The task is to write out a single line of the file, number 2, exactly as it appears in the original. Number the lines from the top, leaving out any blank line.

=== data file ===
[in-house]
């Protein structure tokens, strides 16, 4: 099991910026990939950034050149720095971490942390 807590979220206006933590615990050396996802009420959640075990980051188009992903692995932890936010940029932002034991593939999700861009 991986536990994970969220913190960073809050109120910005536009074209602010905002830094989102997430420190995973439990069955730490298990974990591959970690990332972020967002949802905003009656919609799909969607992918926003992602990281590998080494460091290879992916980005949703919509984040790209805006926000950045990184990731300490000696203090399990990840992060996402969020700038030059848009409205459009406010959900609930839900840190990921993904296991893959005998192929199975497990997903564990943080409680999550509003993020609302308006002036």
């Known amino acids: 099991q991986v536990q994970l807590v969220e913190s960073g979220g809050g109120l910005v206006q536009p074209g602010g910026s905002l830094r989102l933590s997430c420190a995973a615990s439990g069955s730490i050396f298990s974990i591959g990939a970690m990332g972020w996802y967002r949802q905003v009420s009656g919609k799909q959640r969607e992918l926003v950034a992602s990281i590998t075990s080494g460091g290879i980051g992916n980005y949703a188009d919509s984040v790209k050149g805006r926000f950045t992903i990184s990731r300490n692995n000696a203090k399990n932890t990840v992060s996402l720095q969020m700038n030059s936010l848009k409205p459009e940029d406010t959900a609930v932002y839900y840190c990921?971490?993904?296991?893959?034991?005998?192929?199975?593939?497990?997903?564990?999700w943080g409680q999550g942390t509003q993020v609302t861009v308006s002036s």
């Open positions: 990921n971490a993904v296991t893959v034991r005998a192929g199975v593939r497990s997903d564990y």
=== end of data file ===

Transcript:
């Protein structure tokens, strides 16, 4: 099991910026990939950034050149720095971490942390 807590979220206006933590615990050396996802009420959640075990980051188009992903692995932890936010940029932002034991593939999700861009 991986536990994970969220913190960073809050109120910005536009074209602010905002830094989102997430420190995973439990069955730490298990974990591959970690990332972020967002949802905003009656919609799909969607992918926003992602990281590998080494460091290879992916980005949703919509984040790209805006926000950045990184990731300490000696203090399990990840992060996402969020700038030059848009409205459009406010959900609930839900840190990921993904296991893959005998192929199975497990997903564990943080409680999550509003993020609302308006002036």